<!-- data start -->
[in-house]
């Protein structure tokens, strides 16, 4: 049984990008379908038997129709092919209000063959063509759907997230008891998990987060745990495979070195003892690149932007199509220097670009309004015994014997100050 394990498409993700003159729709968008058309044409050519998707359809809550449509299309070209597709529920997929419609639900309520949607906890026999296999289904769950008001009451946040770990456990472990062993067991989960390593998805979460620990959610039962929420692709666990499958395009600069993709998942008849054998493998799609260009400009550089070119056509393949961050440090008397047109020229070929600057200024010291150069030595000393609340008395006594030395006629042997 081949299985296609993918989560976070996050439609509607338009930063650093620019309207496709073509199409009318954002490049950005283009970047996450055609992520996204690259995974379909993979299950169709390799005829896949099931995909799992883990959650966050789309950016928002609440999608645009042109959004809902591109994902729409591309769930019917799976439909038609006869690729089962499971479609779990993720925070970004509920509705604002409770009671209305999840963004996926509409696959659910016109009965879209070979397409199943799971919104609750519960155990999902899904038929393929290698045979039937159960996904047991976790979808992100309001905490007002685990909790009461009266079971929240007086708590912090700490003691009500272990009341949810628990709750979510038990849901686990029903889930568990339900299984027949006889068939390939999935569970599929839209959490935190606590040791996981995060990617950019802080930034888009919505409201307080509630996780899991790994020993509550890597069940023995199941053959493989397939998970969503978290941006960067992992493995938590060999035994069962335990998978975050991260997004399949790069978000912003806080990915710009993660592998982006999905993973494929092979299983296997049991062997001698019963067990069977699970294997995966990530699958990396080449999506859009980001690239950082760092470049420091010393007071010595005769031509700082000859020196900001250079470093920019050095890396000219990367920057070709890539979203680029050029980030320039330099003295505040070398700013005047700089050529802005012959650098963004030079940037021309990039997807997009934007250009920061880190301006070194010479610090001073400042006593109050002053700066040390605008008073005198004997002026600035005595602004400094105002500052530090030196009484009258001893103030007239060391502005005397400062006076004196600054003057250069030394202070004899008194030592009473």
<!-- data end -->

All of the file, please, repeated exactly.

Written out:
[in-house]
């Protein structure tokens, strides 16, 4: 049984990008379908038997129709092919209000063959063509759907997230008891998990987060745990495979070195003892690149932007199509220097670009309004015994014997100050 394990498409993700003159729709968008058309044409050519998707359809809550449509299309070209597709529920997929419609639900309520949607906890026999296999289904769950008001009451946040770990456990472990062993067991989960390593998805979460620990959610039962929420692709666990499958395009600069993709998942008849054998493998799609260009400009550089070119056509393949961050440090008397047109020229070929600057200024010291150069030595000393609340008395006594030395006629042997 081949299985296609993918989560976070996050439609509607338009930063650093620019309207496709073509199409009318954002490049950005283009970047996450055609992520996204690259995974379909993979299950169709390799005829896949099931995909799992883990959650966050789309950016928002609440999608645009042109959004809902591109994902729409591309769930019917799976439909038609006869690729089962499971479609779990993720925070970004509920509705604002409770009671209305999840963004996926509409696959659910016109009965879209070979397409199943799971919104609750519960155990999902899904038929393929290698045979039937159960996904047991976790979808992100309001905490007002685990909790009461009266079971929240007086708590912090700490003691009500272990009341949810628990709750979510038990849901686990029903889930568990339900299984027949006889068939390939999935569970599929839209959490935190606590040791996981995060990617950019802080930034888009919505409201307080509630996780899991790994020993509550890597069940023995199941053959493989397939998970969503978290941006960067992992493995938590060999035994069962335990998978975050991260997004399949790069978000912003806080990915710009993660592998982006999905993973494929092979299983296997049991062997001698019963067990069977699970294997995966990530699958990396080449999506859009980001690239950082760092470049420091010393007071010595005769031509700082000859020196900001250079470093920019050095890396000219990367920057070709890539979203680029050029980030320039330099003295505040070398700013005047700089050529802005012959650098963004030079940037021309990039997807997009934007250009920061880190301006070194010479610090001073400042006593109050002053700066040390605008008073005198004997002026600035005595602004400094105002500052530090030196009484009258001893103030007239060391502005005397400062006076004196600054003057250069030394202070004899008194030592009473």